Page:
This was a process developed in Dunedin to discuss the suggestion that our organisation might consider changing its name. The executive felt it was a good process, and offers it here for others.
1. YOUR NAME
What do you like/not like about your name?
What does it say about who you are?
2. FINDING YOUR “TRUE NAME”
A model by Robert Wicks in Streams of Contentment
“To be truly our ordinary selves, each of us must respond to three calls. If we don’t, there is a good chance that we will spend our lives focused externally on our persona or reputation, merely existing, drifting, or reacting to the events in our lives.”
“If we are aware of the three calls or identity each of us must face eventually in life, we can let go of the past and respond to the calls when they present themselves.”
“We especially see the importance of names in the Bible. In the Hebrew scriptures, Abram is called to become Abraham, the father of his people, and Sarai to become Sarah, a woman filled with new potential. In the Christian scriptures, we see how Simon is renamed Peter, and later Saul becomes Paul.”
3. WHAT IS OUR OWN NEW NAME?
Three Calls to finding our True Name (according to Wick’s in Streams of Contentment):
- knowing your “true name”
- Choose a word that describes you that you feel is most reflective of your gifts.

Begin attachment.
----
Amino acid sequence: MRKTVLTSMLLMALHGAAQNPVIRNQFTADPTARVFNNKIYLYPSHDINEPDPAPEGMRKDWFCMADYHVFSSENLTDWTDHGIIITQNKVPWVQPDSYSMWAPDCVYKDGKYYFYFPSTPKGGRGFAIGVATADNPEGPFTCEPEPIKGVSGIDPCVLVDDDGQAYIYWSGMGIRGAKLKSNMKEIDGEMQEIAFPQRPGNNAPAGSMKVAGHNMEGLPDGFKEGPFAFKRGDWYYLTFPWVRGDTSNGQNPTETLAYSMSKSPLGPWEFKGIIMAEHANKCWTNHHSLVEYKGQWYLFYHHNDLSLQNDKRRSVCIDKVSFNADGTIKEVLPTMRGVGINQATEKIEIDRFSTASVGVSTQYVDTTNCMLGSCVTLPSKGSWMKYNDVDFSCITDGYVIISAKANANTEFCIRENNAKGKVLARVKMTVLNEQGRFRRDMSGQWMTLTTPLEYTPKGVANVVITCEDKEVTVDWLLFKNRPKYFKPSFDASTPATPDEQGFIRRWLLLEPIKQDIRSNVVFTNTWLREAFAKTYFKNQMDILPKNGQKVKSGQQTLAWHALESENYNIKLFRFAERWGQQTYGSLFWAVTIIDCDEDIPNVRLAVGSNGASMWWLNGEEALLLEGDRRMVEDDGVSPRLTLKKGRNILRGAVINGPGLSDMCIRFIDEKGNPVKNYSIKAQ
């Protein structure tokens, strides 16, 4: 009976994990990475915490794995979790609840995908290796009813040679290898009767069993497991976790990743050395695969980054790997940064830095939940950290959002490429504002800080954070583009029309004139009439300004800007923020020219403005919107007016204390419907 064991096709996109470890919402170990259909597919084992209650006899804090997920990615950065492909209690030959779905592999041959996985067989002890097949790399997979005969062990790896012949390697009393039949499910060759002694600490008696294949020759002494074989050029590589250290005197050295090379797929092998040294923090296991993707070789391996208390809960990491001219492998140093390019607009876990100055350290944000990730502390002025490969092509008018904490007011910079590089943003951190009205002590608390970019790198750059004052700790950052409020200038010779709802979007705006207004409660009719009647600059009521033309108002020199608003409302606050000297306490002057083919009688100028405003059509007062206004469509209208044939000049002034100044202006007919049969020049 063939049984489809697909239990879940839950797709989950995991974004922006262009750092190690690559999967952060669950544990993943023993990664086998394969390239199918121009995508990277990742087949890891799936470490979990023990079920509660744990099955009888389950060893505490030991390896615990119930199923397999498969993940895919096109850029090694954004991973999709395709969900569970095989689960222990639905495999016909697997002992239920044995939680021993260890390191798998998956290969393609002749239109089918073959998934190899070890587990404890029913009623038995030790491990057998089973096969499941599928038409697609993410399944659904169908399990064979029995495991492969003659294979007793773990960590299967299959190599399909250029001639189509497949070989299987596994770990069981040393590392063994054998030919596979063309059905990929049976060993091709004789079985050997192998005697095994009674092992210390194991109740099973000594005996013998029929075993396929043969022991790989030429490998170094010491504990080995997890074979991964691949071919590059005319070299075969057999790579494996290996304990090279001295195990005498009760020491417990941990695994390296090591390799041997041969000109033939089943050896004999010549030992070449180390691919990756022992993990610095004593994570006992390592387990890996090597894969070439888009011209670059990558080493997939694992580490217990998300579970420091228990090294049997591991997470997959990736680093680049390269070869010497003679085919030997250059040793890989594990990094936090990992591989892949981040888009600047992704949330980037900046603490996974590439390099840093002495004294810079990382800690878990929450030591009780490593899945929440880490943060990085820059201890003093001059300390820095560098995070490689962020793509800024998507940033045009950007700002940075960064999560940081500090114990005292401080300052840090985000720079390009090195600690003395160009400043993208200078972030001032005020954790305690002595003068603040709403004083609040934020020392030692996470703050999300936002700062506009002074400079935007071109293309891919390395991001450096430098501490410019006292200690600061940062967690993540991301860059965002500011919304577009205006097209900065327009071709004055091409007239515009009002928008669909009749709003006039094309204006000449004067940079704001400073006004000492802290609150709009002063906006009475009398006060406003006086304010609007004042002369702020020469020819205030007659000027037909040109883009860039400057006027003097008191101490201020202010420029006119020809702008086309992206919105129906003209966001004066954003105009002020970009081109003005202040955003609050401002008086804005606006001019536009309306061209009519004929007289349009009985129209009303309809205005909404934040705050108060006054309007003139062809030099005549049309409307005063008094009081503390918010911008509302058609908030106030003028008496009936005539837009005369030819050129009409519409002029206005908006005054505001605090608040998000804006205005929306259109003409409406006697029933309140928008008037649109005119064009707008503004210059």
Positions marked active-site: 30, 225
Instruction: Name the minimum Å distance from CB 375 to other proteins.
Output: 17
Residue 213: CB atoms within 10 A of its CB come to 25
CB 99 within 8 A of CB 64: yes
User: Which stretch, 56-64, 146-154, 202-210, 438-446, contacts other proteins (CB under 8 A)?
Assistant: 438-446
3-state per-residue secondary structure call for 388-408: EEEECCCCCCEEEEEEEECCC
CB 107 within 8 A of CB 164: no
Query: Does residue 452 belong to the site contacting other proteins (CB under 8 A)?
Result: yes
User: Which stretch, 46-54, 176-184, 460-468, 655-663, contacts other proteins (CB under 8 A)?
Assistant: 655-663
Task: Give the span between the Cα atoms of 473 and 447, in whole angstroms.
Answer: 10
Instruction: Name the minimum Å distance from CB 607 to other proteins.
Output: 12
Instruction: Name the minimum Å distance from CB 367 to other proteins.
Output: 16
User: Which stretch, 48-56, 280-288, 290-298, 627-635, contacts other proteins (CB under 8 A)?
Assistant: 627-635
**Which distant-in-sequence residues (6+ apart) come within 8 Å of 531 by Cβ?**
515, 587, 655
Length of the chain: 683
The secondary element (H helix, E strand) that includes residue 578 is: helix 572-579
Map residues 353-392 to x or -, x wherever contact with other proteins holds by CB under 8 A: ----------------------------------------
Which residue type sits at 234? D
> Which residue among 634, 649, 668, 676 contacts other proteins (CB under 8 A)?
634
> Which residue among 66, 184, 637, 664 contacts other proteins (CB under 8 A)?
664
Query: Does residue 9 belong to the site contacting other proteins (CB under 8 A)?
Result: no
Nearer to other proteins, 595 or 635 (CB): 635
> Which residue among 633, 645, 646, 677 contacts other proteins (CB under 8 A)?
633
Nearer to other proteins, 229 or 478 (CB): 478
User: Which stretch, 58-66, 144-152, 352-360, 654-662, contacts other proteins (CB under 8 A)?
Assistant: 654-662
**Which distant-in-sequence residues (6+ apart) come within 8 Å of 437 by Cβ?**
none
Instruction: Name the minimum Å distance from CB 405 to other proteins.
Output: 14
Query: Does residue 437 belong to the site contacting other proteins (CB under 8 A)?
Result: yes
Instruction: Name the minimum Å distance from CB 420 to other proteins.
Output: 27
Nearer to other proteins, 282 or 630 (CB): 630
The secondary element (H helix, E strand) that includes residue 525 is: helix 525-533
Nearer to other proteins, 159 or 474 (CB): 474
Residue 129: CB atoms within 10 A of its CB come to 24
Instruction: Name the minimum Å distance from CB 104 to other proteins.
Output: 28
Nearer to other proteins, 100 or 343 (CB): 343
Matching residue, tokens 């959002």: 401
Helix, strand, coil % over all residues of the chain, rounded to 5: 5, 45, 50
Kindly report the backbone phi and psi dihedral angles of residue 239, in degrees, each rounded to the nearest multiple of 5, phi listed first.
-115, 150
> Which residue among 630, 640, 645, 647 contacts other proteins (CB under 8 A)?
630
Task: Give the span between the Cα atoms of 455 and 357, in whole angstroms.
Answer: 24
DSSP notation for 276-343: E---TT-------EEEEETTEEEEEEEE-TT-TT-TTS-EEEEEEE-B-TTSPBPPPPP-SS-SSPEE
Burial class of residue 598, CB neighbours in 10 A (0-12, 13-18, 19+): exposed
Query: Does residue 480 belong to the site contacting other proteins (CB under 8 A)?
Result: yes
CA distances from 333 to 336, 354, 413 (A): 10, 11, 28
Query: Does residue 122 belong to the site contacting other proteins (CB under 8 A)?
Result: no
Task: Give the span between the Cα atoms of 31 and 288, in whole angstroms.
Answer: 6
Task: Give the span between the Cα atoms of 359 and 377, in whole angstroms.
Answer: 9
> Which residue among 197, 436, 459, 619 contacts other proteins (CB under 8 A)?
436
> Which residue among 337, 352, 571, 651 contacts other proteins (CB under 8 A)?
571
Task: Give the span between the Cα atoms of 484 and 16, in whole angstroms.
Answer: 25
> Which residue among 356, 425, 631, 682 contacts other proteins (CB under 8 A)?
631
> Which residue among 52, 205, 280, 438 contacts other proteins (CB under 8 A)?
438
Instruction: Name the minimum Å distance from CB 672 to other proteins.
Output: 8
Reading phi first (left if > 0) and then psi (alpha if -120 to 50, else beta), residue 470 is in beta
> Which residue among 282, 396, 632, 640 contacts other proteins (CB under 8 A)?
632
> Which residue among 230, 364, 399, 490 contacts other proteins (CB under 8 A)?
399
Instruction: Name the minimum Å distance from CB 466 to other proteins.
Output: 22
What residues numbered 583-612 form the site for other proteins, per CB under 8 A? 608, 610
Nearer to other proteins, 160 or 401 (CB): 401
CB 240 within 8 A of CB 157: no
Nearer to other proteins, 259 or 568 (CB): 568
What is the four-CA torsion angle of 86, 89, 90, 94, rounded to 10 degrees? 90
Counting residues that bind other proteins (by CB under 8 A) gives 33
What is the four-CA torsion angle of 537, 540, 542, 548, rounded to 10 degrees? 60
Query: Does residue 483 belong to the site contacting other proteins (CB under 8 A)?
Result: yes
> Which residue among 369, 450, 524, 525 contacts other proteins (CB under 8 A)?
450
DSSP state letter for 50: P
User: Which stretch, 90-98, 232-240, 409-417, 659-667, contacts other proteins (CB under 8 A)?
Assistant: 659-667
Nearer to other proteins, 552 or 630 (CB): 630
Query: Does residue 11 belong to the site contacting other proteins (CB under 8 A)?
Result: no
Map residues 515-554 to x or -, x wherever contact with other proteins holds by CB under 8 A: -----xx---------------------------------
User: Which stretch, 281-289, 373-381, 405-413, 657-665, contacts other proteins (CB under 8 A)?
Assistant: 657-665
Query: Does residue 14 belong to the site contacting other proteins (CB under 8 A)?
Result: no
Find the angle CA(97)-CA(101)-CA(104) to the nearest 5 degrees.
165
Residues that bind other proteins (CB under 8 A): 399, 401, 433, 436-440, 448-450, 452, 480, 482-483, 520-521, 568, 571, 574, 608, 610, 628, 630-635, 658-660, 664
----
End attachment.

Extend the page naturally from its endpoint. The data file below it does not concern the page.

- Choose a second word that balances out your primary gift. A word that brings you into your health space or shadow.
- This word helps us step back into our shadow to balance our primary personality trait. It brings focus and balance to accentuate our main gift in ordinary living
- Transformation: Putting our second name in front of our first
- Requires mindfulness- living in the now with eyes wide open
- Done slowly and gently so others will hardly notice
- You may experience some darkness when stepping into the ‘name’ you chose to prune your central charism.
An example by Robert Wicks:
“For me, I have always been passionate, knew I needed to then balance it with gentleness, and finally that gentleness needed to take center stage. The darkness of this final leap comes about when I emphasize gentleness and realize how I have failed to be so in the past and even when I want to be in the present how I fail so miserably at times. Someone once asked, then why would you do this if darkness is experienced? Well, the darkness reminds me that I can’t do it alone and the reality of grace and this in some way helps me feel free from believing I can do it all on my own.”